The News Story – Ending childhood obesity is a global challenge

“Childhood obesity is no longer the preserve of wealthy nations,” according to a Newsweek story out this week. “There are more overweight and obese children in the developing world, in terms of absolute numbers, and an upward trend is evident.”

The story comes on the heels of the final report, presented January 25, of The World Health Organization’s Commission on Ending Childhood Obesity, established in 2014 to propose interventions to this alarming global problem. The Commission declared that “no single intervention can halt the rise of the growing obesity epidemic.” Rather, concerted government AND societal efforts are required to ensure that “children and their parents have appropriate knowledge about nutrition, have access to affordable healthy foods and participate in physical activity.”

According to Newsweek, “The report includes six sets of recommendations and also outlines the required actions from governments, international agencies and civil society, including the private sector.” But research indicates that if they really want to combat childhood obesity, “governments, international agencies and civil society” would do well to take a hard look at their cultural views and legal statutes surrounding marriage.

The New Research – Missing fathers, swelling waistlines

With good reason, public-health officials have spared no effort in combatting the epidemic in childhood obesity, typically by advocating dietary reforms. If they attend to a study recently completed in Denmark, however, they may realize that they need to direct their energies in a new way. For this new Danish study makes it quite clear that children are physiologically prone to obesity if they are born in a fatherless home.
Completed by an international team of scholars from the University of Kansas in the United States and from Aarhus University and the University of Copenhagen in Denmark, this new study focuses on the way parental separation before the birth of a child affects that child’s likelihood of becoming overweight or obese. The researchers explain, “Early parental separation may be a stress factor causing a long-term alteration in the [child’s] hypothalamic-pituitary-adrenal-axis activity possibly impacting on the susceptibility to develop[ing] overweight and obesity.” 
To assess the impact of early parental separation on children’s vulnerability to weight problems, the researchers scrutinize data collected from 8,876 Danish children tracked from birth to 9-to-11 years of age. These data reveal a clear connection between early parental separation and child weight problems.

Compared to peers whose parents were living together, children whose parents lived separately before their birth were almost twice as likely to be overweight as 9-to-11-year-old children (Odds Ratio of 1.87). The researchers test the robustness of this finding by deploying a statistical model taking into account maternal education, maternal pre-pregnancy B[ody]M[ass]I[ndex], maternal weight gain during pregnancy, maternal age at birth of child, parity, the child’s gender, and breast-feeding status. But use of this model “did not substantially change the estimates” of relative child vulnerability. The effect of parental separation stands out even more clearly when the researchers look specifically at the risk of children’s becoming so overweight that they are classified as obese: compared to peers whose parents were living together when they were born, Danish children whose parents had separated were three times as likely to be obese as 9-to-11-year-olds.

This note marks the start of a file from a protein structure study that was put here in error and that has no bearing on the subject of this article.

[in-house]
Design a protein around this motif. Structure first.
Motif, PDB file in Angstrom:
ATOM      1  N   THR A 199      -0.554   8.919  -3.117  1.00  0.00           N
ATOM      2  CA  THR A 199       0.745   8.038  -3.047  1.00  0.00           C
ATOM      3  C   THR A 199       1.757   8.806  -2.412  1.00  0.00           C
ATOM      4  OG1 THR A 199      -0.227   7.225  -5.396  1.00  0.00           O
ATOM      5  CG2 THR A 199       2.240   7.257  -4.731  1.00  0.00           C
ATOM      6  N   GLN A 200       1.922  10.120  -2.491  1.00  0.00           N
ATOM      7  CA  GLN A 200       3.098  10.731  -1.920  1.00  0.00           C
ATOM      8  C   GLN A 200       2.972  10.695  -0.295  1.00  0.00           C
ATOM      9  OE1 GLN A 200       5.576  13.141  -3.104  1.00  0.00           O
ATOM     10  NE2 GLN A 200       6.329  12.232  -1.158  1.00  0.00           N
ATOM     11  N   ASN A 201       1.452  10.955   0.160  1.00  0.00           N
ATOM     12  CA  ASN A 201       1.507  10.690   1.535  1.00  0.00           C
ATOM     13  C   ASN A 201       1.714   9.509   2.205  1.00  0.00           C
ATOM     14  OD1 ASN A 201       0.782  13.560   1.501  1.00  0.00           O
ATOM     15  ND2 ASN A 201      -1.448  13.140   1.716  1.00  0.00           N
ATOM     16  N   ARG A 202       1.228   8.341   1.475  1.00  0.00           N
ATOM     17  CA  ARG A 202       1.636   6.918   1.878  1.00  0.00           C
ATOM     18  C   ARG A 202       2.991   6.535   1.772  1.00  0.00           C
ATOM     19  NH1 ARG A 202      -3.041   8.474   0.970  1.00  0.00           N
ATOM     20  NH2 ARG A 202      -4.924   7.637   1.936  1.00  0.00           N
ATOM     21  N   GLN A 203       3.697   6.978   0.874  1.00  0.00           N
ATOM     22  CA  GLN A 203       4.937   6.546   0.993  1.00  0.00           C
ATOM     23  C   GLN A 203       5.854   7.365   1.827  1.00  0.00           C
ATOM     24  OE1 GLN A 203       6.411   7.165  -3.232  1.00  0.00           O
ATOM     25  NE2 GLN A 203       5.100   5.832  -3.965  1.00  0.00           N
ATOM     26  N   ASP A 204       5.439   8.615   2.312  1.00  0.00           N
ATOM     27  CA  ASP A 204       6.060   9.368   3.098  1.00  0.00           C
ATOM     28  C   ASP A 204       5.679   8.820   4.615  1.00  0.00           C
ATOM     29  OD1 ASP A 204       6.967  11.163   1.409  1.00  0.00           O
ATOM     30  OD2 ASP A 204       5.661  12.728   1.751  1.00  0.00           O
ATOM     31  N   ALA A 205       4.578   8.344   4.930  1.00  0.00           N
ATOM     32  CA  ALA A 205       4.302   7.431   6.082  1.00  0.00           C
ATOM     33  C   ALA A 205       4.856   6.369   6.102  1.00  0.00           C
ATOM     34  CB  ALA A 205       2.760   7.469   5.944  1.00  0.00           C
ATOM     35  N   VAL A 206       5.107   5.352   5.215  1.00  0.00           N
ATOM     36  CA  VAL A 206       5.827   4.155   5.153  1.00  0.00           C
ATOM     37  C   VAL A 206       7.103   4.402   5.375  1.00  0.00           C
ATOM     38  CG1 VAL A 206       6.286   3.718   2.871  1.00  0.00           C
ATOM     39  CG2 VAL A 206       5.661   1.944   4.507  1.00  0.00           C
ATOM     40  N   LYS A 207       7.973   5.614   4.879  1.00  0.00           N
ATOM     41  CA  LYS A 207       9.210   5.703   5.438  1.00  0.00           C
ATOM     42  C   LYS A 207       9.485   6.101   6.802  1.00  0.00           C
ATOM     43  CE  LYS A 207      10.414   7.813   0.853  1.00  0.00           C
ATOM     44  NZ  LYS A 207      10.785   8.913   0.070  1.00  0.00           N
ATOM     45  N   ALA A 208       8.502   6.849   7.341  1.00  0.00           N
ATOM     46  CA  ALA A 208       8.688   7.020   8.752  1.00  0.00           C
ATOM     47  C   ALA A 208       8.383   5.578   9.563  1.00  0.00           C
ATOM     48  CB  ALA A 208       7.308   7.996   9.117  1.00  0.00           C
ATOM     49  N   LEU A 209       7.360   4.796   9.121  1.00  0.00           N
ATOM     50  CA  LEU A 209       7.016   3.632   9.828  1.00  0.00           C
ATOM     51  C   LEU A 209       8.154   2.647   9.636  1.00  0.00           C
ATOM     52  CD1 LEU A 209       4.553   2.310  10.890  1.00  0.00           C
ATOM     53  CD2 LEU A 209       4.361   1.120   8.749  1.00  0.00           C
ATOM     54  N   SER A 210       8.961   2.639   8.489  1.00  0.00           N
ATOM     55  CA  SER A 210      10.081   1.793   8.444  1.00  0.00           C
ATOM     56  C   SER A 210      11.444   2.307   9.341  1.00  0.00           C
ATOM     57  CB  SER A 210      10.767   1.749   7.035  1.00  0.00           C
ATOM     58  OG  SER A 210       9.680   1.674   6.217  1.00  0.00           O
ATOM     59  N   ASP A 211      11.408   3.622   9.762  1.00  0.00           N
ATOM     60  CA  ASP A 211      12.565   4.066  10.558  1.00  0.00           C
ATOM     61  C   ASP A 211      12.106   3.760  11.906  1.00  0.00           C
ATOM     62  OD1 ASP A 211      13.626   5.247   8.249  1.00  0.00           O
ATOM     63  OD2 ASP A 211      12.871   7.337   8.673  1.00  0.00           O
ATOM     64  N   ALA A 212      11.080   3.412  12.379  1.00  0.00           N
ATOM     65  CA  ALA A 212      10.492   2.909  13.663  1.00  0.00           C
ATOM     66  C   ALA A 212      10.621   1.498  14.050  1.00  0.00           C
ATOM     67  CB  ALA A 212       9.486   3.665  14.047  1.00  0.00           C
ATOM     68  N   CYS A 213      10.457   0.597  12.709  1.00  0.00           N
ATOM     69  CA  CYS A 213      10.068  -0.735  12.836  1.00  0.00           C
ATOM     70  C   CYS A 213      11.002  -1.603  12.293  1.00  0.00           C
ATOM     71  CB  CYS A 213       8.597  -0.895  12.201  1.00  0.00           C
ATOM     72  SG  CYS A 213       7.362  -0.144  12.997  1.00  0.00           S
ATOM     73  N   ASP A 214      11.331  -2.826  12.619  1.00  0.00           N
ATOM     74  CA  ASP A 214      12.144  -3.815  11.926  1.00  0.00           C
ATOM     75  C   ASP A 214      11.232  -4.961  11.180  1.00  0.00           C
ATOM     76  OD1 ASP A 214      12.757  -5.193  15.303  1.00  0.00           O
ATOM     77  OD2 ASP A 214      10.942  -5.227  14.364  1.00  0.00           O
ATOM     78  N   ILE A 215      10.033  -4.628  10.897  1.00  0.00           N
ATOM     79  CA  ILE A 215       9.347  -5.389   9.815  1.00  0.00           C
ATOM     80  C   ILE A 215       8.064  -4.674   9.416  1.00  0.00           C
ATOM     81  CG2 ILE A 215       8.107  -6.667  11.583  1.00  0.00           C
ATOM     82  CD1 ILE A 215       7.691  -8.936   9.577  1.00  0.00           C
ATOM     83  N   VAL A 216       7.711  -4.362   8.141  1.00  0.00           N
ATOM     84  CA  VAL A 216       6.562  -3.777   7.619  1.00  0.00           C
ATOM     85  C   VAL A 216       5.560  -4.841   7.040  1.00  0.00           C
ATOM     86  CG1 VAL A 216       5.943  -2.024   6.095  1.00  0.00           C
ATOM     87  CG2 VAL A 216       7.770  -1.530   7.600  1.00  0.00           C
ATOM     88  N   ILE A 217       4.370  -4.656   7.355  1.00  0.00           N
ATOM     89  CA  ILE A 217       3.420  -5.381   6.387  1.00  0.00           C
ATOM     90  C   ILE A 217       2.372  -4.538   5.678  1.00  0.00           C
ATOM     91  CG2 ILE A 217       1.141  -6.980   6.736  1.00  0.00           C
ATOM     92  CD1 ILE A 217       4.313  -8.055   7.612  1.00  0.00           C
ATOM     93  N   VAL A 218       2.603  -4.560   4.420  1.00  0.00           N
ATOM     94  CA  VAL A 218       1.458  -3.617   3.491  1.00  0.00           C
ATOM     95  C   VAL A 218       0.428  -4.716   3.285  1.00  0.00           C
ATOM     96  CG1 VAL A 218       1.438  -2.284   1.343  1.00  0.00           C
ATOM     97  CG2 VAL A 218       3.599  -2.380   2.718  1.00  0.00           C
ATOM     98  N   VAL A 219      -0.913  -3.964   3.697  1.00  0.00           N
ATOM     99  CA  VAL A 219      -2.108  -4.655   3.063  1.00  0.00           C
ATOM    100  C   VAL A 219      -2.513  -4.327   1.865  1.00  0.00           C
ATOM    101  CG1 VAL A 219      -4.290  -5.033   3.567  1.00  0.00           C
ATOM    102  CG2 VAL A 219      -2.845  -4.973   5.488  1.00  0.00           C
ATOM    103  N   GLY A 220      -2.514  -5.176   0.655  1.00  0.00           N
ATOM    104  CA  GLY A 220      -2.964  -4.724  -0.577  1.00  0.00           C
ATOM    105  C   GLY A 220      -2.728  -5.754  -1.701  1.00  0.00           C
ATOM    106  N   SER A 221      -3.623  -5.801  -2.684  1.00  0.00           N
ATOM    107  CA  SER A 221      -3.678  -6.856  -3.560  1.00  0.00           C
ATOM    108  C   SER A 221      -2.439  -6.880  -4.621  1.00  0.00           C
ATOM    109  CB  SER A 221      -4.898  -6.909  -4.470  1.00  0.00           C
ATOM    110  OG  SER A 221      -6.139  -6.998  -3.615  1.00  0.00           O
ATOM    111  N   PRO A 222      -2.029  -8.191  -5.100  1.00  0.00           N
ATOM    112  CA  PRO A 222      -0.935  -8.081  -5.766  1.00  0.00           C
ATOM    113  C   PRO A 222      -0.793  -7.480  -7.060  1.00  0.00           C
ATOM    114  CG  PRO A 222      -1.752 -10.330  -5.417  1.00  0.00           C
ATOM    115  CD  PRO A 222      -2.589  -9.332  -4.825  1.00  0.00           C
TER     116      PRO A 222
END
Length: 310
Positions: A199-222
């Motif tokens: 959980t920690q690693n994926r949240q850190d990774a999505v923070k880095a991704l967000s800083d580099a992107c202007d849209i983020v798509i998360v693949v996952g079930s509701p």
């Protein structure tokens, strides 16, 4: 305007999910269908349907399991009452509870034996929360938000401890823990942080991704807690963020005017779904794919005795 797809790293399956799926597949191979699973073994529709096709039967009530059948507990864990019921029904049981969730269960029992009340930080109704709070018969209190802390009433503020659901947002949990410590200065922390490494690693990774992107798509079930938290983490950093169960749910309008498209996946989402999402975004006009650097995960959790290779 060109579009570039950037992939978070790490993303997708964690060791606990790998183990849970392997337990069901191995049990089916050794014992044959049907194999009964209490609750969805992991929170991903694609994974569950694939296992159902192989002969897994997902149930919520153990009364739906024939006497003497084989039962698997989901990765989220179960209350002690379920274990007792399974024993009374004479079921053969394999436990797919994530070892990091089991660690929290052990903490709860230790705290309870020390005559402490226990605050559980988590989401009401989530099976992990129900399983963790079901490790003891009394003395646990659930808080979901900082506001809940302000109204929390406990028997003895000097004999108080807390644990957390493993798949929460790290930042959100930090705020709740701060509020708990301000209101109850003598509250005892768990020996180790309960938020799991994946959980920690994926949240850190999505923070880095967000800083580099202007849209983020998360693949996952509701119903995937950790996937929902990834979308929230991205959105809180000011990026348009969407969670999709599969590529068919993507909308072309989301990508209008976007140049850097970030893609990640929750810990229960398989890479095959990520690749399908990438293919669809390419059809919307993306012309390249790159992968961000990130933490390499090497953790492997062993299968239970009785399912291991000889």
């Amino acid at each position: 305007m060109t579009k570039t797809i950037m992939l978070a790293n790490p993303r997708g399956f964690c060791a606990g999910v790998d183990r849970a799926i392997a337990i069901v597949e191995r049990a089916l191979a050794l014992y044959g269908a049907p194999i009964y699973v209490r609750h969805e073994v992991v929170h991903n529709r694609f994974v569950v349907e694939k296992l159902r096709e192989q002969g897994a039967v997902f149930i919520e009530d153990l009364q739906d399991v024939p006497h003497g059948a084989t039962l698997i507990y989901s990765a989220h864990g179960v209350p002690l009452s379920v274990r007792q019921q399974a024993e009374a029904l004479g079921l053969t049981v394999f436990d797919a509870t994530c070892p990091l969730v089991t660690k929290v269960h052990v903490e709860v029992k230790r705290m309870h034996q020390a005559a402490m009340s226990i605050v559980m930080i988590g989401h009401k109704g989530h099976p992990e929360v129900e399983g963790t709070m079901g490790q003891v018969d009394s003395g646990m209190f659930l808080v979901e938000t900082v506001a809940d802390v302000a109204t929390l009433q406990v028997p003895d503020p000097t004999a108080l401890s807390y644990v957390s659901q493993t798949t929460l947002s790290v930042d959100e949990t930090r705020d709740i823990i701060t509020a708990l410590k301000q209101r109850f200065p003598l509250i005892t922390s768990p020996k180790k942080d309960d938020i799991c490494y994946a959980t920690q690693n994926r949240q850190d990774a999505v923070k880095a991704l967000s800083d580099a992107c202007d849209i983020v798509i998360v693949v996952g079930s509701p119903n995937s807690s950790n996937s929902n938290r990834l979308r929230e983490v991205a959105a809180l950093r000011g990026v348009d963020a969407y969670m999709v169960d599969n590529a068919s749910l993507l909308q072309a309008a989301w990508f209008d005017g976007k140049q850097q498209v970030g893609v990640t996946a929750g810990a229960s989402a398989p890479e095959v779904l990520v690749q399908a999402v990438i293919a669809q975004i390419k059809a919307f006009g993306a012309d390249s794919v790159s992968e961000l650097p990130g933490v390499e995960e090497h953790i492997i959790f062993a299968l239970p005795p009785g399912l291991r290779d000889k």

The authors of the new study recognize that their findings put them “in line with other studies.” In particular, they point to “two longitudinal studies involving American children [that] also addressed the effects of parental separation, but later in the life of the child.” Both of these American studies identified parental separation as a predictor of children’s weight problems. What is new about this study focusing on Danish children is its focus on children whose parents were already separated at the time of their birth. Quite plausibly, the researchers interpret their findings as evidence of “a fetal programming effect due to prenatal moderate stress exposure.”
The very possibility of such a “fetal programming effect” might give public-health officials pause. For such an effect may render futile attempts to fight child obesity simply by changing children’s diet. Whether they are waging their war against childhood obesity in Copenhagen or Chicago, public-health officials may need to start thinking less about what children eat and more about whether children live with both parents.  
(Source: Bryce J. Christensen and Nicole M. King, “New Research,” The Family in America Vol. 29 Number 2, Spring 2015. Study: Lena Hohwü et al., “Prenatal Parental Separation and Body Weight, Including Development of Overweight and Obesity Later in Childhood,” PLoS One 10.3 [2015]: e0119138, Web)

This article has been republished with permission from The Family in America, a publication of The Howard Center. The Howard Center is a MercatorNet partner site.

Nicole M. King is the Managing Editor of The Howard Center’s quarterly journal, The Family in America: A Journal of Public Policy, the United States’ leading journal of family-policy research....